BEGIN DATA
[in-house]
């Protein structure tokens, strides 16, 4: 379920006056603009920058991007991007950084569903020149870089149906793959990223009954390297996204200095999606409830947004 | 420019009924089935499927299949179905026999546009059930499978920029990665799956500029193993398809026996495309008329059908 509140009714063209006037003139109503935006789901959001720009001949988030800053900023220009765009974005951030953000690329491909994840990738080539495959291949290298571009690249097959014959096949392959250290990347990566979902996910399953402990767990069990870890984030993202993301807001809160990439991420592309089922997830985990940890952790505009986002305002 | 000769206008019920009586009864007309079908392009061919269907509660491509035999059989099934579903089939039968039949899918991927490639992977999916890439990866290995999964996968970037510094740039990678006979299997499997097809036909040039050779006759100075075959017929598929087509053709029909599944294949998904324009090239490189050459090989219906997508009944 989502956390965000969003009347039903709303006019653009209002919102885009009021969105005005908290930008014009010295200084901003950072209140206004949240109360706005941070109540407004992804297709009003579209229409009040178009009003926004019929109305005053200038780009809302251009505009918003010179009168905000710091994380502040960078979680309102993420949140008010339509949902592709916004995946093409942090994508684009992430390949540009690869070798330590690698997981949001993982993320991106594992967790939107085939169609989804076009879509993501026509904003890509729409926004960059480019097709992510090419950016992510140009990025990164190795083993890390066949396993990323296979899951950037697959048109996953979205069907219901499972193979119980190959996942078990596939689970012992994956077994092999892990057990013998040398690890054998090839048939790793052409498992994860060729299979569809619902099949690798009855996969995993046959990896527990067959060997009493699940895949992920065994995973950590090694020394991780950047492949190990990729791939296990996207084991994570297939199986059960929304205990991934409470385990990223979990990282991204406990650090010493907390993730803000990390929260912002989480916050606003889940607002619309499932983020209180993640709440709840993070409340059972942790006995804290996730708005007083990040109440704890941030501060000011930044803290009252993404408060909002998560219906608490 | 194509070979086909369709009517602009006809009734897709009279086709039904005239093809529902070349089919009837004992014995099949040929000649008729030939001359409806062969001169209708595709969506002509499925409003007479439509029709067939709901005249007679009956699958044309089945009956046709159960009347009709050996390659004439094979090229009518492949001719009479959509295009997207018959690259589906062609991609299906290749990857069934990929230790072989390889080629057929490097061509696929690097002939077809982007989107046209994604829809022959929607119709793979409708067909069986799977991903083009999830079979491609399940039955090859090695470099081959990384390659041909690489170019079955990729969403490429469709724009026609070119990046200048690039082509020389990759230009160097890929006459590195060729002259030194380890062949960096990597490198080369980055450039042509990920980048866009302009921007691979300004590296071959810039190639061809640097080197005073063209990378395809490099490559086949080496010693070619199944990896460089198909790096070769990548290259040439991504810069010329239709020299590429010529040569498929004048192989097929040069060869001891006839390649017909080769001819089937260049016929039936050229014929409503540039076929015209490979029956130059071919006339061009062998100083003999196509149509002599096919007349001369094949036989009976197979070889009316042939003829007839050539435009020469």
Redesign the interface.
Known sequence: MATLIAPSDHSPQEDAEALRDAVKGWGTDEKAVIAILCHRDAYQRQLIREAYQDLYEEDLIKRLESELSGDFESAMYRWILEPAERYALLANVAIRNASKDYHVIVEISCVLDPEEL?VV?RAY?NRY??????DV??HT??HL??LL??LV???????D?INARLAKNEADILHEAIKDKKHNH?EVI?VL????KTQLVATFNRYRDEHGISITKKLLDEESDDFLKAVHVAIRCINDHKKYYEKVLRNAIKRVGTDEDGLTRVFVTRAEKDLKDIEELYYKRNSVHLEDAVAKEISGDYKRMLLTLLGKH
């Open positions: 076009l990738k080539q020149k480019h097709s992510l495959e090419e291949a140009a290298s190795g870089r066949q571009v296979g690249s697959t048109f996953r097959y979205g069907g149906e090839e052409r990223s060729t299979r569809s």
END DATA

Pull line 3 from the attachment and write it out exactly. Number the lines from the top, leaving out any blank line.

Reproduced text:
Redesign the interface.